What Do We Do Now?

In the United States a common question on a lot of people’s mind is, “What do we do now that Donald Trump has been elected president?”

That comes from supporters as well as detractors.

So you may be asking:

“Someone who I believe is dangerous to the country has been elected. What do we now to stop him from damaging our country?”

OR you may be asking

“Thankfully Donald Trump has been elected president but he is only one man. What do we do to stop the political elites from stopping him from doing what needs to be done to fix this country?”

Unfortunately, many folks have decided the answer to either question is to start a fight on Facebook or Twitter. The next time you’re about to do that, do the following instead.

Write your Senators and Representatives. Yes I know that sounds like a trite answer that has been bandied about for literally centuries.

BUT many of you find the time to write a lot on social media. And while I’m not saying you shouldn’t— after all a free discussion is lifeblood of a republic— it is significantly less effective than taking that time you spent writing a Facebook post to write to your representatives. And writing to them is easier than ever before.


BUT I’m not from here, I’m, not registered to vote, etc.

It doesn’t matter, as long as you live in the United States.

All you need is an address. US Senators and representatives are sworn to serve the people in their states or districts. Voting is a privilege reserved for adult citizens, yes, but representation is for anybody who lives in the area. If you can be taxed, you get representation.

I will argue that filling out a form on a Congressperson’s website makes this easier than it’s ever been. But I would be remiss if I didn’t note that:

Writing a letter is often more effective than calling–
Calling is often more effective than emailing–
BUT Emailing or filling out the Website’s form is always more effective than posting on social media.

You can read more on what actually works with Congressional staffers here.


To find your representative go to http://ziplook.house.gov/ Sometimes all you need is a zip code. For some districts you may need to specify a street address.

For Senators it’s even easier. Just go to http://www.senate.gov/senators/contact/ and look for your state.

Now you have the contact info. All you need to do is know what to say. And this is where it differs from Facebook. You need to be polite.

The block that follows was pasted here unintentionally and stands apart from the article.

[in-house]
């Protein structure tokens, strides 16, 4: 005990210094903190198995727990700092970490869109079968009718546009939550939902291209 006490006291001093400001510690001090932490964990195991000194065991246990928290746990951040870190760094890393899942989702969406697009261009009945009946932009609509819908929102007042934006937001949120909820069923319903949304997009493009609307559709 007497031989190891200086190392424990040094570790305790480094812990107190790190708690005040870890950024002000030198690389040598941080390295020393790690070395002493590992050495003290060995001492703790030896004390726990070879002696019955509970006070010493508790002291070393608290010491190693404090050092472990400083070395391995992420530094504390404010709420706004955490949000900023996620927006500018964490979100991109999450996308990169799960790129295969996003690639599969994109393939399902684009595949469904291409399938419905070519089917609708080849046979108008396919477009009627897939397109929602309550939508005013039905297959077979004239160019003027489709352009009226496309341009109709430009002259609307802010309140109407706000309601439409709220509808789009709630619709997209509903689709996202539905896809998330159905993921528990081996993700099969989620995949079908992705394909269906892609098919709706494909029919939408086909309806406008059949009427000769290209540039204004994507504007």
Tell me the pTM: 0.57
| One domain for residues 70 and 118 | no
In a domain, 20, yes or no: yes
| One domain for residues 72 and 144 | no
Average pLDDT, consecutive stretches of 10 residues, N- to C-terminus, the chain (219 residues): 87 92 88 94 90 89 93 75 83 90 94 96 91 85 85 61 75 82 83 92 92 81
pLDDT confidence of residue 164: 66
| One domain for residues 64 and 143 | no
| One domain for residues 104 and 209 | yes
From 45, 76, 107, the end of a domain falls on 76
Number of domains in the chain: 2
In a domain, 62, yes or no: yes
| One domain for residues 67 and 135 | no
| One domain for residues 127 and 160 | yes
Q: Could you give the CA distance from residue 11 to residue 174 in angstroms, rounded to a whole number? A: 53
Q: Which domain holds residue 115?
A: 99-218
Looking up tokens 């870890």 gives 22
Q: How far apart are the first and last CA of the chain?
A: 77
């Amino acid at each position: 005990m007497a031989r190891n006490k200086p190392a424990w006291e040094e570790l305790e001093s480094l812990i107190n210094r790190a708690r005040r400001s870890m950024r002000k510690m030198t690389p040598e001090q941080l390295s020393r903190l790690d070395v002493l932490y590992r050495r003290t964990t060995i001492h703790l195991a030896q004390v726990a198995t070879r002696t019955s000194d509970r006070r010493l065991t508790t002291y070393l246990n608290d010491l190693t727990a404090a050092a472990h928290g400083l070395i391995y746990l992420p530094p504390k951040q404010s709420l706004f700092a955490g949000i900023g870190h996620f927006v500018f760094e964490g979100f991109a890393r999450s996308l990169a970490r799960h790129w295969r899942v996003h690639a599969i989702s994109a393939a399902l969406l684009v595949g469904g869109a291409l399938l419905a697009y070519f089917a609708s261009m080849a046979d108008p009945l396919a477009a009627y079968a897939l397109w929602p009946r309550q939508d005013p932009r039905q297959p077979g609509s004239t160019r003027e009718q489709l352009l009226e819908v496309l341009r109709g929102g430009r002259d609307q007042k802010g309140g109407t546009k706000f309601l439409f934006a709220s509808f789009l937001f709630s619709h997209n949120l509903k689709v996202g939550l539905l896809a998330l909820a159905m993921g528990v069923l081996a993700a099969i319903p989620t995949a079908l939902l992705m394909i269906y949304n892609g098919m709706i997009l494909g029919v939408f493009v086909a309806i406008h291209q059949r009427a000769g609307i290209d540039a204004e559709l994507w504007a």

First of all, only send messages to *your* representative. You’ll need to give them your address and they are only bound to represent people in their district. So don’t be anonymous and don’t write to representatives in other districts. Start with your name and address.


Be factual, not emotional. State what the issue is “You will be voting on the confirmation of a nominee for Attorney General”
Or if it’s a bill state the bill number. “You will be voting on the “Foreign Registration Act SB-1234”

State how it affects you, again without stridency or emotion. “I am greatly concerned with crime/rights in my community.” It is good to include examples or evidence to support your position but keep it short. This should be less than one page in length.

Finish with your request for action. “I urge you sincerely to vote yes/no for the confirmation/bill.”

Don’t swear. Don’t threaten. Don’t joke. Don’t write anonymously and don’t demand a response.

You can find more, including proper forms of address for Representatives and Senators in this article: http://usgovinfo.about.com/od/uscongress/a/letterscongress.htm

With so many members of congress including Web forms on their official pages, it is just as easy to post to them as it is to your Facebook friends. And you will not get into a flame war. Instead you will have registered your opinion with someone who can actually vote based on it. Who is bound to consider it.

Your opinion alone will certainly not determine their vote, but most people do not write their representatives so if you do, you will have made your voice count a lot more than the others who do not. And you had much more of an effect than your argument on Facebook.

So here’s my suggestion. The next time you’re about to post on social media about something because you think something needs to be done and folks are getting things wrong. Take a moment and write that same thing, respectfully, to your Senator or Representative, instead.

Then you can finish your social media post with “and I’ve been in communication with Congress about this.”

PS: Yes if you do not live in the US then none of this applies. I would suggest possibly writing to the local US embassy or possibly to the President directly.

One Response to “What Do We Do Now?”

  1. Done and done, at least for this week. I kind of wish I lived in a red state. Only our governor is a Republican, and one of our senators is Elizabeth Warren (how awesome is that?) so I’m preaching to the, etc., etc.

    What else can we do? In addition to driving everyone crazy who hasn’t unfollowed me, use social media. Also, work at the state and local level, stand against oppression in your daily life, hold people accountable, help the helpless, and generally take your guidance from Trump and do the opposite. Write letters to the paper. Write to red state papers if you can take that kind of rejection. If all else fails, hide under the bed.

    On and on. Will our nation survive, not as we think we know it, but then it never does. That is not acceptance, this time it’s fear.